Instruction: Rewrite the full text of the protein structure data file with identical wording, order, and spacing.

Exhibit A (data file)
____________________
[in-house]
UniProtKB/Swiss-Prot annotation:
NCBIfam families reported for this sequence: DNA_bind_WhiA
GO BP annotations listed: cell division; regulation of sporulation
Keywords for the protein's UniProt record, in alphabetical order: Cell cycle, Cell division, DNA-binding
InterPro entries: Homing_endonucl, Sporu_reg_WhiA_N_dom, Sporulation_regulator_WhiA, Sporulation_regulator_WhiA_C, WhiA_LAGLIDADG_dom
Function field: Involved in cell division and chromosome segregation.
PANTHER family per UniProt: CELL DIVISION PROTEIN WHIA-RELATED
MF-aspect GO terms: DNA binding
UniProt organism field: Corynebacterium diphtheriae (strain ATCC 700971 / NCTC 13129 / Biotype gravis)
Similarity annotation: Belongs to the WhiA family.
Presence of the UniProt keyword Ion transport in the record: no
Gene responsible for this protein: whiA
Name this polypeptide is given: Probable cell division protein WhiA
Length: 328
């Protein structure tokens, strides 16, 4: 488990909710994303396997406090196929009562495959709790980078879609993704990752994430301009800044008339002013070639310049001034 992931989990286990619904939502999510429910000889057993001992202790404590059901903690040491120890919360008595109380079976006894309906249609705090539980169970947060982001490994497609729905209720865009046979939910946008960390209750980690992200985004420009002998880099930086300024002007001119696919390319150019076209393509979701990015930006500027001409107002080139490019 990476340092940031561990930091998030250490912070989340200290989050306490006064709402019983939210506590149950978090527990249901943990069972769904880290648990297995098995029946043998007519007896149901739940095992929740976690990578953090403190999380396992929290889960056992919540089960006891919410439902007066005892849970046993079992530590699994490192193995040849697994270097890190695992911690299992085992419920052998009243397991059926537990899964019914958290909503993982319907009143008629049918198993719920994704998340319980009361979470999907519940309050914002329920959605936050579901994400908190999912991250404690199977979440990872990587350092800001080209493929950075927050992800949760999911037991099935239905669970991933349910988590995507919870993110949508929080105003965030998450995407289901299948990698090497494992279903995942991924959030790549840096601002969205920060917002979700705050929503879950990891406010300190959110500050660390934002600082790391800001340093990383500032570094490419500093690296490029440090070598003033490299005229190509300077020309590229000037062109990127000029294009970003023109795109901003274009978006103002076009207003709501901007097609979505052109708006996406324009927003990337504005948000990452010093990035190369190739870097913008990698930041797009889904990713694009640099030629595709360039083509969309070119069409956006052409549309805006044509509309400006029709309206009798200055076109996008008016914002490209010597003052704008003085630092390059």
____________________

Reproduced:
[in-house]
UniProtKB/Swiss-Prot annotation:
NCBIfam families reported for this sequence: DNA_bind_WhiA
GO BP annotations listed: cell division; regulation of sporulation
Keywords for the protein's UniProt record, in alphabetical order: Cell cycle, Cell division, DNA-binding
InterPro entries: Homing_endonucl, Sporu_reg_WhiA_N_dom, Sporulation_regulator_WhiA, Sporulation_regulator_WhiA_C, WhiA_LAGLIDADG_dom
Function field: Involved in cell division and chromosome segregation.
PANTHER family per UniProt: CELL DIVISION PROTEIN WHIA-RELATED
MF-aspect GO terms: DNA binding
UniProt organism field: Corynebacterium diphtheriae (strain ATCC 700971 / NCTC 13129 / Biotype gravis)
Similarity annotation: Belongs to the WhiA family.
Presence of the UniProt keyword Ion transport in the record: no
Gene responsible for this protein: whiA
Name this polypeptide is given: Probable cell division protein WhiA
Length: 328
């Protein structure tokens, strides 16, 4: 488990909710994303396997406090196929009562495959709790980078879609993704990752994430301009800044008339002013070639310049001034 992931989990286990619904939502999510429910000889057993001992202790404590059901903690040491120890919360008595109380079976006894309906249609705090539980169970947060982001490994497609729905209720865009046979939910946008960390209750980690992200985004420009002998880099930086300024002007001119696919390319150019076209393509979701990015930006500027001409107002080139490019 990476340092940031561990930091998030250490912070989340200290989050306490006064709402019983939210506590149950978090527990249901943990069972769904880290648990297995098995029946043998007519007896149901739940095992929740976690990578953090403190999380396992929290889960056992919540089960006891919410439902007066005892849970046993079992530590699994490192193995040849697994270097890190695992911690299992085992419920052998009243397991059926537990899964019914958290909503993982319907009143008629049918198993719920994704998340319980009361979470999907519940309050914002329920959605936050579901994400908190999912991250404690199977979440990872990587350092800001080209493929950075927050992800949760999911037991099935239905669970991933349910988590995507919870993110949508929080105003965030998450995407289901299948990698090497494992279903995942991924959030790549840096601002969205920060917002979700705050929503879950990891406010300190959110500050660390934002600082790391800001340093990383500032570094490419500093690296490029440090070598003033490299005229190509300077020309590229000037062109990127000029294009970003023109795109901003274009978006103002076009207003709501901007097609979505052109708006996406324009927003990337504005948000990452010093990035190369190739870097913008990698930041797009889904990713694009640099030629595709360039083509969309070119069409956006052409549309805006044509509309400006029709309206009798200055076109996008008016914002490209010597003052704008003085630092390059």